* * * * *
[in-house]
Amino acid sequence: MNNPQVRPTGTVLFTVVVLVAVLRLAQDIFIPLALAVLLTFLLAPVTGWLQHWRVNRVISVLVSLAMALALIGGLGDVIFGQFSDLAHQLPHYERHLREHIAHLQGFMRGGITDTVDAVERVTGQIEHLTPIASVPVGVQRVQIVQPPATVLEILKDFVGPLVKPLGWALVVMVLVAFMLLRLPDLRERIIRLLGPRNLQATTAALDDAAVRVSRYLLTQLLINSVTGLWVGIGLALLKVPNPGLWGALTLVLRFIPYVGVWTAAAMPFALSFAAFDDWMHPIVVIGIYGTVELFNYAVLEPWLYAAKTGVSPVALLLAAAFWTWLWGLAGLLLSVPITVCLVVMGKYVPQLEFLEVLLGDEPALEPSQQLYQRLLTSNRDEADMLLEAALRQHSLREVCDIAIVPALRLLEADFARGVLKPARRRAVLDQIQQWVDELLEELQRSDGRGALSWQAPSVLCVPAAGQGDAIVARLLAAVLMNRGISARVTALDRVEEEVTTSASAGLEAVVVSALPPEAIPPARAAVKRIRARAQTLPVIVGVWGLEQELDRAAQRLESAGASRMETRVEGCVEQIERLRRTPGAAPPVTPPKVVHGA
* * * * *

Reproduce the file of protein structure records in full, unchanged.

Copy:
[in-house]
Amino acid sequence: MNNPQVRPTGTVLFTVVVLVAVLRLAQDIFIPLALAVLLTFLLAPVTGWLQHWRVNRVISVLVSLAMALALIGGLGDVIFGQFSDLAHQLPHYERHLREHIAHLQGFMRGGITDTVDAVERVTGQIEHLTPIASVPVGVQRVQIVQPPATVLEILKDFVGPLVKPLGWALVVMVLVAFMLLRLPDLRERIIRLLGPRNLQATTAALDDAAVRVSRYLLTQLLINSVTGLWVGIGLALLKVPNPGLWGALTLVLRFIPYVGVWTAAAMPFALSFAAFDDWMHPIVVIGIYGTVELFNYAVLEPWLYAAKTGVSPVALLLAAAFWTWLWGLAGLLLSVPITVCLVVMGKYVPQLEFLEVLLGDEPALEPSQQLYQRLLTSNRDEADMLLEAALRQHSLREVCDIAIVPALRLLEADFARGVLKPARRRAVLDQIQQWVDELLEELQRSDGRGALSWQAPSVLCVPAAGQGDAIVARLLAAVLMNRGISARVTALDRVEEEVTTSASAGLEAVVVSALPPEAIPPARAAVKRIRARAQTLPVIVGVWGLEQELDRAAQRLESAGASRMETRVEGCVEQIERLRRTPGAAPPVTPPKVVHGA